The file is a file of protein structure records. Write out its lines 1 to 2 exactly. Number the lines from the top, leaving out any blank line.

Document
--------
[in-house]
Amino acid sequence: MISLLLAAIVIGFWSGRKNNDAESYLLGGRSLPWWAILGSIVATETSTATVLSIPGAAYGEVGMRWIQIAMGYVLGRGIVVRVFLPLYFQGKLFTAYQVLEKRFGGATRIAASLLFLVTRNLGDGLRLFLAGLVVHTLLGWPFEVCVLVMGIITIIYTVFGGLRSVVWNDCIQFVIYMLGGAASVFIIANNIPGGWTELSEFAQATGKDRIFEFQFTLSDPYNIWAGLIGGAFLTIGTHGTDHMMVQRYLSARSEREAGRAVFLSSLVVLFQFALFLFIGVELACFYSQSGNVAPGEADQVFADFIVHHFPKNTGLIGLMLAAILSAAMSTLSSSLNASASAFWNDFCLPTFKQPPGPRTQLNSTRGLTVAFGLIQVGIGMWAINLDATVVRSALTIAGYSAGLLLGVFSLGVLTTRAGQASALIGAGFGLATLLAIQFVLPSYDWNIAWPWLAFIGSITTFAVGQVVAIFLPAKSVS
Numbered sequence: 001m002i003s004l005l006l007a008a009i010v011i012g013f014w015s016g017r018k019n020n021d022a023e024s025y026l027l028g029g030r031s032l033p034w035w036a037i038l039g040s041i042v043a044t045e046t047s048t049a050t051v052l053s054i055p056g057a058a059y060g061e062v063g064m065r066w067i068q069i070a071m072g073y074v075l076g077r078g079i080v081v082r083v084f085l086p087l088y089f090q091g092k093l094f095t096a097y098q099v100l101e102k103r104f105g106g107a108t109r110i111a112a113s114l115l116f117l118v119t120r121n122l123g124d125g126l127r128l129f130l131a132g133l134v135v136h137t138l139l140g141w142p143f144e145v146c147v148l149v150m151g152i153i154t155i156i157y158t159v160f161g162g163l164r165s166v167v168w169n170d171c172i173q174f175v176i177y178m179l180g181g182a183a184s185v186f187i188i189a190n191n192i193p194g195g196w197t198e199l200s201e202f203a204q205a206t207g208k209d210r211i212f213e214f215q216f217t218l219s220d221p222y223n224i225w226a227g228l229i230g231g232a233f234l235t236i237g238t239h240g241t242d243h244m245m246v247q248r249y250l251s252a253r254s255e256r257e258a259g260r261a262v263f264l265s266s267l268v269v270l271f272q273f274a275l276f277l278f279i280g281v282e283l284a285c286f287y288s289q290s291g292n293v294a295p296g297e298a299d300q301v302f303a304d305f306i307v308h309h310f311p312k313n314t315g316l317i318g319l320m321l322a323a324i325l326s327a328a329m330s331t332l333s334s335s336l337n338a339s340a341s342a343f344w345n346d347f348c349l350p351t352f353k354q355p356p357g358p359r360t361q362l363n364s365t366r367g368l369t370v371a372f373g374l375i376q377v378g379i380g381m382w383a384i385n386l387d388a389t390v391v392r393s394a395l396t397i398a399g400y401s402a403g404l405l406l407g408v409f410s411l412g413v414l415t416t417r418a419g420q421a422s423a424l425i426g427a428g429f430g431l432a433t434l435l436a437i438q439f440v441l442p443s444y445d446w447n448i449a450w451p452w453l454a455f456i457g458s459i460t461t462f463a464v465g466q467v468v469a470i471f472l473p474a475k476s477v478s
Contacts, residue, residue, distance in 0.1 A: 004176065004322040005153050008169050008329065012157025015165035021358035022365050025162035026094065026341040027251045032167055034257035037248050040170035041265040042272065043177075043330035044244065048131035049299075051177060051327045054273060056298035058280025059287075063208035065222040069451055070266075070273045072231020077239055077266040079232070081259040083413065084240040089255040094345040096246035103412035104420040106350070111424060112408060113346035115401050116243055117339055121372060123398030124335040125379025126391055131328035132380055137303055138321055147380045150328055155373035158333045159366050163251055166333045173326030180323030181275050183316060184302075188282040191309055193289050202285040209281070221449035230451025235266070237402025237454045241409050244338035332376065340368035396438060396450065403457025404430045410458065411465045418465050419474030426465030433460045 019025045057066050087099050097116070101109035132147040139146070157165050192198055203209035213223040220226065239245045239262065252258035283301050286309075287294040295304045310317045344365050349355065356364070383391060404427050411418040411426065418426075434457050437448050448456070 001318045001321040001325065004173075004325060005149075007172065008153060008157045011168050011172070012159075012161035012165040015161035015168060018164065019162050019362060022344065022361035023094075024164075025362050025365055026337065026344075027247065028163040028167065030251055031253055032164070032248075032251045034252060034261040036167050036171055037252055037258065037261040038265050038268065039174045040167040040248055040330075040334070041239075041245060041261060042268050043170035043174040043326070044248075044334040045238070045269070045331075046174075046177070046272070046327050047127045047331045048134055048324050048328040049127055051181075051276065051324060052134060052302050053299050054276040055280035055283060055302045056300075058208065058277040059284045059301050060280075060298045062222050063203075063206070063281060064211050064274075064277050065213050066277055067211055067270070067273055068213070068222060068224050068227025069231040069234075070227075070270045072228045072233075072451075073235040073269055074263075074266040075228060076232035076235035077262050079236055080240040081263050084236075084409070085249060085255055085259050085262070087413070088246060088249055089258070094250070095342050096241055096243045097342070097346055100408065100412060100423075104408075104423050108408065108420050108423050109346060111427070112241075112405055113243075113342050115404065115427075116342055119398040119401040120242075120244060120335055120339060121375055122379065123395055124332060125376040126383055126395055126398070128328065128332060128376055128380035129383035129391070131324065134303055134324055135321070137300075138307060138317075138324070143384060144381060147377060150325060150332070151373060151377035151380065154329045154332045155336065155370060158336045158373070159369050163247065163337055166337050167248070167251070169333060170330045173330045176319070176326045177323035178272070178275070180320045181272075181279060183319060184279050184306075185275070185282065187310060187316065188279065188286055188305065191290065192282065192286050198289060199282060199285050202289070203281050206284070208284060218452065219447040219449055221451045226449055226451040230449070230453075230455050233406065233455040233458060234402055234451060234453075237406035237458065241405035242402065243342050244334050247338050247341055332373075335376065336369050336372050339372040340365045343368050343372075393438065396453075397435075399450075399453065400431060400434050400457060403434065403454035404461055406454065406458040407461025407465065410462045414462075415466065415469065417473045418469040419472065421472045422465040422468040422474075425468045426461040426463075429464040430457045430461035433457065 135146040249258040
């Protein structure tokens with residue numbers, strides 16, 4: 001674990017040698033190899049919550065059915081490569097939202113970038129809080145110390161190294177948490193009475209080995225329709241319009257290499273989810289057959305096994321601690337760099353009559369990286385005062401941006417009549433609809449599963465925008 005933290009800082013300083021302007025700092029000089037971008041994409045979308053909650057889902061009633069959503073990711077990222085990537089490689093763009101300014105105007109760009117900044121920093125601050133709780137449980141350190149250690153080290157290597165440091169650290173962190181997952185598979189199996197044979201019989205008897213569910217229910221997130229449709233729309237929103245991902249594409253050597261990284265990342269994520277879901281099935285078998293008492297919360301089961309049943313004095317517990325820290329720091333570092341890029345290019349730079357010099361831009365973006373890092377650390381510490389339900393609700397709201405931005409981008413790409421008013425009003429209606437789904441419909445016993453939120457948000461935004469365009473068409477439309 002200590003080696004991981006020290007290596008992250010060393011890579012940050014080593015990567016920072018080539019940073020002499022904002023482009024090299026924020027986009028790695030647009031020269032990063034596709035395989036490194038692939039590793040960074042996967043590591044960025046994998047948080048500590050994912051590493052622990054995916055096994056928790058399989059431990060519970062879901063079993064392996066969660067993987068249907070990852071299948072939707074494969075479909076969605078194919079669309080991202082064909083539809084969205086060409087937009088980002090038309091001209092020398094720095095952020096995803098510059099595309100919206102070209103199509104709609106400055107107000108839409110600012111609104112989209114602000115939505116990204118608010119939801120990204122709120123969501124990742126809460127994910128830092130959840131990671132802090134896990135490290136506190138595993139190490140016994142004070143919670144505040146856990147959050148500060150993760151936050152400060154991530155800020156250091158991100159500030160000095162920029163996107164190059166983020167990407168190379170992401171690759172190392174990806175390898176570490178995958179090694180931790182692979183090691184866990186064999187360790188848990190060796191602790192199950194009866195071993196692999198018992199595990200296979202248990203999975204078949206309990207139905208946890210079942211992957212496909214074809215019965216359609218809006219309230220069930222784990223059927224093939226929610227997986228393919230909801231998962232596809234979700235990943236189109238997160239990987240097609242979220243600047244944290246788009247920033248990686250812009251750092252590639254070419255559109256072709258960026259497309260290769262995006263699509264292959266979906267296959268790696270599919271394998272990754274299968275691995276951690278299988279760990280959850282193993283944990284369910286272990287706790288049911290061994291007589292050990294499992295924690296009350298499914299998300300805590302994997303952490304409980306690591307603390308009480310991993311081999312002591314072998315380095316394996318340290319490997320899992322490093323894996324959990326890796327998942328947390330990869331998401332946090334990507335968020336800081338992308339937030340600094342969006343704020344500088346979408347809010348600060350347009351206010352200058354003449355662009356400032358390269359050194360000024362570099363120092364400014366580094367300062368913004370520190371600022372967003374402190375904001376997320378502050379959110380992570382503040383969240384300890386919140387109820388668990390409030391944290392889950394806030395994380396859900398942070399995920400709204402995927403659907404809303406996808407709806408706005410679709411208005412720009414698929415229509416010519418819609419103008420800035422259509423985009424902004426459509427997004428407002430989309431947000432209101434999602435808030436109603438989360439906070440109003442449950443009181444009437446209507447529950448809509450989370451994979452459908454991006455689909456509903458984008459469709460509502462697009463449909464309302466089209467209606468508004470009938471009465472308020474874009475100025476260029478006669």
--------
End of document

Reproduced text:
[in-house]
Amino acid sequence: MISLLLAAIVIGFWSGRKNNDAESYLLGGRSLPWWAILGSIVATETSTATVLSIPGAAYGEVGMRWIQIAMGYVLGRGIVVRVFLPLYFQGKLFTAYQVLEKRFGGATRIAASLLFLVTRNLGDGLRLFLAGLVVHTLLGWPFEVCVLVMGIITIIYTVFGGLRSVVWNDCIQFVIYMLGGAASVFIIANNIPGGWTELSEFAQATGKDRIFEFQFTLSDPYNIWAGLIGGAFLTIGTHGTDHMMVQRYLSARSEREAGRAVFLSSLVVLFQFALFLFIGVELACFYSQSGNVAPGEADQVFADFIVHHFPKNTGLIGLMLAAILSAAMSTLSSSLNASASAFWNDFCLPTFKQPPGPRTQLNSTRGLTVAFGLIQVGIGMWAINLDATVVRSALTIAGYSAGLLLGVFSLGVLTTRAGQASALIGAGFGLATLLAIQFVLPSYDWNIAWPWLAFIGSITTFAVGQVVAIFLPAKSVS